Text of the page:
Hurricane Irma
  View Video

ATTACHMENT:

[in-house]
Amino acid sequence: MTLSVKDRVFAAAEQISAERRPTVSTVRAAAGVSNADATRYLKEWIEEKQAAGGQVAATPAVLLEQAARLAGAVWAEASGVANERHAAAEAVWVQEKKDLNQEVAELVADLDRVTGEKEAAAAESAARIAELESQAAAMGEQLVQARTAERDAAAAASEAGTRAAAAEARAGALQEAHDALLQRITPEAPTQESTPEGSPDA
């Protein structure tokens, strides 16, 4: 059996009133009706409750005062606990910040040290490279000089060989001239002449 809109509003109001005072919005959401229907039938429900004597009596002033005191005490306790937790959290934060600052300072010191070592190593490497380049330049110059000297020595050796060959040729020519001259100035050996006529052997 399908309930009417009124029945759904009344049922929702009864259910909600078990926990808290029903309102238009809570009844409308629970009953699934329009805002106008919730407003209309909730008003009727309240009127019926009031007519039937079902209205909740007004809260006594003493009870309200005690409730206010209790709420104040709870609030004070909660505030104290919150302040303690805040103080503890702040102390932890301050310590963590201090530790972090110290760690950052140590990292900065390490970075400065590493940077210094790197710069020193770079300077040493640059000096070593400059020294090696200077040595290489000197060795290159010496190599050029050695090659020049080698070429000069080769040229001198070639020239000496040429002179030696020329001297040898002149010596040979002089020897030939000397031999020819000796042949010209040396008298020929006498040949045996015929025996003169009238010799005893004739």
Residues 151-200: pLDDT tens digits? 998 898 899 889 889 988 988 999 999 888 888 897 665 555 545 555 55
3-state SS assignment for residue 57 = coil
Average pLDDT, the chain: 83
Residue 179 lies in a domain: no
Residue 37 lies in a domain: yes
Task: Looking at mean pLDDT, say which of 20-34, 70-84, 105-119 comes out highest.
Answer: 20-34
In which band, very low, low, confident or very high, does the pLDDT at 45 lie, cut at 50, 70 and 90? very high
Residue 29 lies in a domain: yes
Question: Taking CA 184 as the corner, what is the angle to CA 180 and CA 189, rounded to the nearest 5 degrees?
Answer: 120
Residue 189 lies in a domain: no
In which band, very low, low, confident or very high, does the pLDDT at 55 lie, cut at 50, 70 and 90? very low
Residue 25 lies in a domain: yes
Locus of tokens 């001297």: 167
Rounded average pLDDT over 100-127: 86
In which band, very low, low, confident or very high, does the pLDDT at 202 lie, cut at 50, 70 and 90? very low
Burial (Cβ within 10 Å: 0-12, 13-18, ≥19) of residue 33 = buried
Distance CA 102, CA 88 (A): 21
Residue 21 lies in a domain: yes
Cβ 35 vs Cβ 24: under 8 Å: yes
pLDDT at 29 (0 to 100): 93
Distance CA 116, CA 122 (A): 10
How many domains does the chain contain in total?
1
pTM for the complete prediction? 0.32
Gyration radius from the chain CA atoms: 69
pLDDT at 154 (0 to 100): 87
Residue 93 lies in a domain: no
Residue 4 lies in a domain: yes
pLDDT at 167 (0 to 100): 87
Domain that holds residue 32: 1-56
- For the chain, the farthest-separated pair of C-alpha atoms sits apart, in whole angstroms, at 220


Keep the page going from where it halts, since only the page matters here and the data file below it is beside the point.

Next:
Florida and officials warned more than 5 million people that time was running out Friday to evacuate ahead of the deadly hurricane as it followed a path that could take it from one end of the state to the other. By early evening, Irma was a slightly weakened Category 4 storm with winds of 155 mph and forecasters said it could be back up to Category 5 when it comes ashore near Key West on Sunday morning. Forecasters adjusted the storm's potential track more toward the west coast of Florida, away from the Miami metropolitan area of 6 million people, meaning a less costly a less deadly storm Nevertheless, forecasters warned that its hurricane-force winds were so wide they could reach from coast to coast, testing the nation's third-largest state, which has undergone rapid development and more stringent hurricane-proof building codes in the last decade or so. "This is a storm that will kill you if you don't get out of the way Everybody's going to feel this one." Irma killed at least 20 people in the Caribbean and left thousands homeless as it devastated small resort islands known for their warm, turquoise water. In Florida, gas shortages and gridlock plagued the evacuations, turning normally simple trips into tests of will. Parts of interstates 75 and 95 north were bumper to bumper, while very few cars drove on the southbound lanes. About 5.6 million people in Florida more than one quarter of the state's population were ordered to evacuate and another 540,000 were told to leave the Georgia coast. Authorities opened hundreds of shelters for people who did not leave. Hotels as far away as Atlanta filled up with evacuees. Florida Gov. Rick Scott said people fleeing could drive slowly in the shoulder lane on highways. He hasn't reversed the southbound lanes because he said they were needed to deliver gas and supplies.